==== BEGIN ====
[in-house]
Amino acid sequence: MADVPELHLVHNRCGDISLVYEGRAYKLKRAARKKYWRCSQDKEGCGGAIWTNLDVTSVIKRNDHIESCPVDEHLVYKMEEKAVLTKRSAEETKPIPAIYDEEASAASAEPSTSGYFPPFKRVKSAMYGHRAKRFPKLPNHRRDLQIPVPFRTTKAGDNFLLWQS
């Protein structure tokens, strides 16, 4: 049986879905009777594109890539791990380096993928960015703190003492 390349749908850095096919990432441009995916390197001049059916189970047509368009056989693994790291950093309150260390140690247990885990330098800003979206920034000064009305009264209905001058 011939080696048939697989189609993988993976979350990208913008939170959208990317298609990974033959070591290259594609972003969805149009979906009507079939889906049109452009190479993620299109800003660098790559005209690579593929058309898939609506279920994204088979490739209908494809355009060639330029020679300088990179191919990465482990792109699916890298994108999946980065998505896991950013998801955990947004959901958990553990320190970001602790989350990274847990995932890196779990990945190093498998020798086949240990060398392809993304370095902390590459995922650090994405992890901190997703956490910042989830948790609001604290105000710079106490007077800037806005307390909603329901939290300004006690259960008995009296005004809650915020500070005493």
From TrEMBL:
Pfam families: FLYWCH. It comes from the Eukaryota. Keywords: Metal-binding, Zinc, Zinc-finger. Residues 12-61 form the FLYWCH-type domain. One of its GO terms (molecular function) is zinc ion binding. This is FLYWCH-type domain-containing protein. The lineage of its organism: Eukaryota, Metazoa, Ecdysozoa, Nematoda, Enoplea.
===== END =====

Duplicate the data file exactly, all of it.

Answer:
[in-house]
Amino acid sequence: MADVPELHLVHNRCGDISLVYEGRAYKLKRAARKKYWRCSQDKEGCGGAIWTNLDVTSVIKRNDHIESCPVDEHLVYKMEEKAVLTKRSAEETKPIPAIYDEEASAASAEPSTSGYFPPFKRVKSAMYGHRAKRFPKLPNHRRDLQIPVPFRTTKAGDNFLLWQS
């Protein structure tokens, strides 16, 4: 049986879905009777594109890539791990380096993928960015703190003492 390349749908850095096919990432441009995916390197001049059916189970047509368009056989693994790291950093309150260390140690247990885990330098800003979206920034000064009305009264209905001058 011939080696048939697989189609993988993976979350990208913008939170959208990317298609990974033959070591290259594609972003969805149009979906009507079939889906049109452009190479993620299109800003660098790559005209690579593929058309898939609506279920994204088979490739209908494809355009060639330029020679300088990179191919990465482990792109699916890298994108999946980065998505896991950013998801955990947004959901958990553990320190970001602790989350990274847990995932890196779990990945190093498998020798086949240990060398392809993304370095902390590459995922650090994405992890901190997703956490910042989830948790609001604290105000710079106490007077800037806005307390909603329901939290300004006690259960008995009296005004809650915020500070005493």
From TrEMBL:
Pfam families: FLYWCH. It comes from the Eukaryota. Keywords: Metal-binding, Zinc, Zinc-finger. Residues 12-61 form the FLYWCH-type domain. One of its GO terms (molecular function) is zinc ion binding. This is FLYWCH-type domain-containing protein. The lineage of its organism: Eukaryota, Metazoa, Ecdysozoa, Nematoda, Enoplea.